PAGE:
If Thoreau was right and the mass of men lead lives of quiet desperation, it is the “quiet” part I find objectionable. Quiet desperation accepts its lot; noisy desperation wants something else. Quite desperation worries that things will get still worse; noisy desperation worries things won’t improve. Immigrants by temperament are of the noisy desperation variety–unable or unwilling to sit still while economies, governments and cultures sort themselves out. They are risk takers, people willing to bet they can do something to improve their situation, even when the risks are great. They do so not because they are desperate–many people are desperate and do nothing–but because they are courageous.
My favorite instance of historical immigrant courage is that exhibited by the early saints as they were driven from place to place. It gives me pleasure to think of my ancestors, still proximate in time, braving privation in search of their promised land. Occasionally when thinking of people trudging through the wilderness, I picture in my mind’s eye darker complected saints making their own journey through the desert. Each Sunday I worship with people who know something of what it means to gather their meager possessions and move to an unknown, potentially hostile environment and begin the difficult process of hewing a place for their families. Hearing about their experiences gives me a deeper appreciation for the sacrifices of my forbearers. In their quiet determination to do well I see echoes of saints from another time. In testimony meeting I learn that, just as the saints believed divine providence led them to Utah, many believe God brought them to the U.S.–their immigration narratives of forsaking family and friends paralleling conversion narratives delivered alongside them.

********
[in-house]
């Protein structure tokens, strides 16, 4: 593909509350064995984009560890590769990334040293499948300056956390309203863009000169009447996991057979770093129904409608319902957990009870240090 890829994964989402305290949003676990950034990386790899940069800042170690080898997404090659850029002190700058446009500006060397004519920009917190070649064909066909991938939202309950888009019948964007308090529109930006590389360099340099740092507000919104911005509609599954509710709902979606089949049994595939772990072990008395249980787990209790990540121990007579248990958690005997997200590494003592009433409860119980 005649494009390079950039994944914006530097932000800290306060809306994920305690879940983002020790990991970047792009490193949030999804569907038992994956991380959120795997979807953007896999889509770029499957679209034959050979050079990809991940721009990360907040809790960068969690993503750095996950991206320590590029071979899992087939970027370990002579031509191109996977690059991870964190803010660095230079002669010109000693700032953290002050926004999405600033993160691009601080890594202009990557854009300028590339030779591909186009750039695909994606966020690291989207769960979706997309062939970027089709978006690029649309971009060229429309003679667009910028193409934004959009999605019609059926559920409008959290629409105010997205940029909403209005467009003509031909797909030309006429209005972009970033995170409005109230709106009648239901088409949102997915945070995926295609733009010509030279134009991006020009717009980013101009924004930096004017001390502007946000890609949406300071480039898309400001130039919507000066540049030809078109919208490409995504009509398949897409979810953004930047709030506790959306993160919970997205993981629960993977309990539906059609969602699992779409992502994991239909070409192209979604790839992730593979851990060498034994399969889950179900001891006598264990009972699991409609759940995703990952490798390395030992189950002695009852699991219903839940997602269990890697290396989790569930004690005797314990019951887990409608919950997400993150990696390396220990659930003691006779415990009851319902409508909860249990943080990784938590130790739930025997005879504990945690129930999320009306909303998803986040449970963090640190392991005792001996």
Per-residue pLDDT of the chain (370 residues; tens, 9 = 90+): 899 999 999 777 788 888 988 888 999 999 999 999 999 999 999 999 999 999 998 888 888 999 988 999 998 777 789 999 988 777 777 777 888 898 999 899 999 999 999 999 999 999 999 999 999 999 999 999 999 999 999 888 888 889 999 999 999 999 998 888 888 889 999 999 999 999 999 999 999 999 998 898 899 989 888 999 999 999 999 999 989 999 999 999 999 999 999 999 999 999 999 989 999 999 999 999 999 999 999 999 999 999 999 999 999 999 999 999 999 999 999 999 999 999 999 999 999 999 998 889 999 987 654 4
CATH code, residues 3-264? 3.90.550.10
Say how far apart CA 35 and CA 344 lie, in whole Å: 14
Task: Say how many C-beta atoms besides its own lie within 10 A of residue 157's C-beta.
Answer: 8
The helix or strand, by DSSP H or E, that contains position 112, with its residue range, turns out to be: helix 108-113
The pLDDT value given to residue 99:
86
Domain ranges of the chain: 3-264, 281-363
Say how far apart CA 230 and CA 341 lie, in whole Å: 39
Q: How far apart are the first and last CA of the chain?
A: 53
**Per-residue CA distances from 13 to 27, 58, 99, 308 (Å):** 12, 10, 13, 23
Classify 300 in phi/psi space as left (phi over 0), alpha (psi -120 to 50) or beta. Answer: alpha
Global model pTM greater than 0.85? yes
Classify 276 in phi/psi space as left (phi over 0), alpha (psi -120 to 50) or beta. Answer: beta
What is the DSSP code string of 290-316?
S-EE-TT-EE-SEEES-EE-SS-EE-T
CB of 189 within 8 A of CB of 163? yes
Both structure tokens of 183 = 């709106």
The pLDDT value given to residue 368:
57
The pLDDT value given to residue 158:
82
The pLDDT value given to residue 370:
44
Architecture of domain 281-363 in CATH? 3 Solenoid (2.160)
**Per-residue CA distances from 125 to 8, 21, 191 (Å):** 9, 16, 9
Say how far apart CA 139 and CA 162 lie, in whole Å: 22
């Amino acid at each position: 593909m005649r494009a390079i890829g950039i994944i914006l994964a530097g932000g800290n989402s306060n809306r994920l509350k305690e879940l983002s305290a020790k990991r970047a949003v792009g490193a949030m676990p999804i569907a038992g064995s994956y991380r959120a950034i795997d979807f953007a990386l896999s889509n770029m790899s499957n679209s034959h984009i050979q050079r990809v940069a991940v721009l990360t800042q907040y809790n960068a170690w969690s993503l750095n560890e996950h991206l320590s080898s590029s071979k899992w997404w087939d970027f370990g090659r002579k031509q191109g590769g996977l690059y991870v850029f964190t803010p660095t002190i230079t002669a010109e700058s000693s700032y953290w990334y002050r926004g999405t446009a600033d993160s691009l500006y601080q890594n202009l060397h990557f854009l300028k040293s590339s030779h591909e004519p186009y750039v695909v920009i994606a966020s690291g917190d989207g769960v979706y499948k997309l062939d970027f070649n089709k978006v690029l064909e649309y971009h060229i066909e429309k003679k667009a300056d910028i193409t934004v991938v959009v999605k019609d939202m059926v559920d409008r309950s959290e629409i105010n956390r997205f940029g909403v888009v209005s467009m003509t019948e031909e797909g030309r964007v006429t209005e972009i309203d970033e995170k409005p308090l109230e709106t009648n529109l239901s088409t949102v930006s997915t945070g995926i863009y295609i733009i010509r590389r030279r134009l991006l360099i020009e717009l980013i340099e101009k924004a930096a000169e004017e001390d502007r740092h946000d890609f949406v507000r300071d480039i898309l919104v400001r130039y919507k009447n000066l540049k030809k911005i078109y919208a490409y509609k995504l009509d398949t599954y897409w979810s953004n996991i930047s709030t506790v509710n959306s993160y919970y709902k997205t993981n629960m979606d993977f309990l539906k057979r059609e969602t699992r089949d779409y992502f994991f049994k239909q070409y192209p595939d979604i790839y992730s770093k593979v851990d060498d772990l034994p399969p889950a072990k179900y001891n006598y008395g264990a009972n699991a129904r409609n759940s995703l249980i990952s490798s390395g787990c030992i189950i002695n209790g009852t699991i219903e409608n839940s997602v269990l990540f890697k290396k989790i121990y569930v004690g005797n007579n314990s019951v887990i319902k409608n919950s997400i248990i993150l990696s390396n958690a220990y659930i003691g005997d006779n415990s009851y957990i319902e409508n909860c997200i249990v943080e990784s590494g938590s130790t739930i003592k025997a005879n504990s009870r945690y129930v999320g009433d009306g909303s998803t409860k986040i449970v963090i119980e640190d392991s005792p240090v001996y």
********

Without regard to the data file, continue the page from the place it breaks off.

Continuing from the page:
My obvious sympathy for immigrants is partially self-interested. I married an immigrant. So did two of my siblings. But for immigration my daughter wouldn’t exist. Neither would four of my nieces and nephews. But the bulk of my sympathy is due to the fact that I see in the act of immigration an affirmation of hope in the face of difficulty. An immigrant seeks to improve his or her lot in life and is willing to exchange the familiar for the foreign just for the chance to do so.
A few days ago my friend told me she prays every night that the immigration bill before Congress passes and is signed into law. We discussed some of the bills problems and what the bill would require of her before she could obtain citizenship. None of the obstacles seemed to bother her; she was interested only that she would have a chance. That seems a very immigrant way of thinking.